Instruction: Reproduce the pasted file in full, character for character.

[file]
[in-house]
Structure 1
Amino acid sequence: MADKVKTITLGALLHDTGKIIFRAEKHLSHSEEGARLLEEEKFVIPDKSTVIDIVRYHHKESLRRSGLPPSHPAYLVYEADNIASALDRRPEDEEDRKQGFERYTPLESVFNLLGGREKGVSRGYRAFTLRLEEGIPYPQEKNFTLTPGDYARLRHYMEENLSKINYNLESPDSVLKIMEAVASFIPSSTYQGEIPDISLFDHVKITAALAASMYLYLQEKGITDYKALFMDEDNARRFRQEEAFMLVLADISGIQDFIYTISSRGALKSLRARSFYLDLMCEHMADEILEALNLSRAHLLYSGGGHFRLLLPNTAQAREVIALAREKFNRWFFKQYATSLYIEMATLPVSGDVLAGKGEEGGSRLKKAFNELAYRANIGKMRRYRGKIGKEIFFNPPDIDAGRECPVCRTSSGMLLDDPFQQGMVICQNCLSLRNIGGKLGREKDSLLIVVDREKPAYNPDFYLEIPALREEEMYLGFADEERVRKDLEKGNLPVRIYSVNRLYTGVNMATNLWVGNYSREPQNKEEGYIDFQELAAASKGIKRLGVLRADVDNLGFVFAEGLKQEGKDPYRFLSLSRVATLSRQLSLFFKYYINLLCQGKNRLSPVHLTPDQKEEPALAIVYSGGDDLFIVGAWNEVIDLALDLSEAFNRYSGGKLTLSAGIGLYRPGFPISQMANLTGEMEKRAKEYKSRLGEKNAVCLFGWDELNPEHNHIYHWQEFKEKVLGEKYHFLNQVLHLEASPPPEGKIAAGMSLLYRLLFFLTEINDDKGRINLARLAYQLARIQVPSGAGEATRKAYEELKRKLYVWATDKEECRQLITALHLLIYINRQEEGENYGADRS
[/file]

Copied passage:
[in-house]
Structure 1
Amino acid sequence: MADKVKTITLGALLHDTGKIIFRAEKHLSHSEEGARLLEEEKFVIPDKSTVIDIVRYHHKESLRRSGLPPSHPAYLVYEADNIASALDRRPEDEEDRKQGFERYTPLESVFNLLGGREKGVSRGYRAFTLRLEEGIPYPQEKNFTLTPGDYARLRHYMEENLSKINYNLESPDSVLKIMEAVASFIPSSTYQGEIPDISLFDHVKITAALAASMYLYLQEKGITDYKALFMDEDNARRFRQEEAFMLVLADISGIQDFIYTISSRGALKSLRARSFYLDLMCEHMADEILEALNLSRAHLLYSGGGHFRLLLPNTAQAREVIALAREKFNRWFFKQYATSLYIEMATLPVSGDVLAGKGEEGGSRLKKAFNELAYRANIGKMRRYRGKIGKEIFFNPPDIDAGRECPVCRTSSGMLLDDPFQQGMVICQNCLSLRNIGGKLGREKDSLLIVVDREKPAYNPDFYLEIPALREEEMYLGFADEERVRKDLEKGNLPVRIYSVNRLYTGVNMATNLWVGNYSREPQNKEEGYIDFQELAAASKGIKRLGVLRADVDNLGFVFAEGLKQEGKDPYRFLSLSRVATLSRQLSLFFKYYINLLCQGKNRLSPVHLTPDQKEEPALAIVYSGGDDLFIVGAWNEVIDLALDLSEAFNRYSGGKLTLSAGIGLYRPGFPISQMANLTGEMEKRAKEYKSRLGEKNAVCLFGWDELNPEHNHIYHWQEFKEKVLGEKYHFLNQVLHLEASPPPEGKIAAGMSLLYRLLFFLTEINDDKGRINLARLAYQLARIQVPSGAGEATRKAYEELKRKLYVWATDKEECRQLITALHLLIYINRQEEGENYGADRS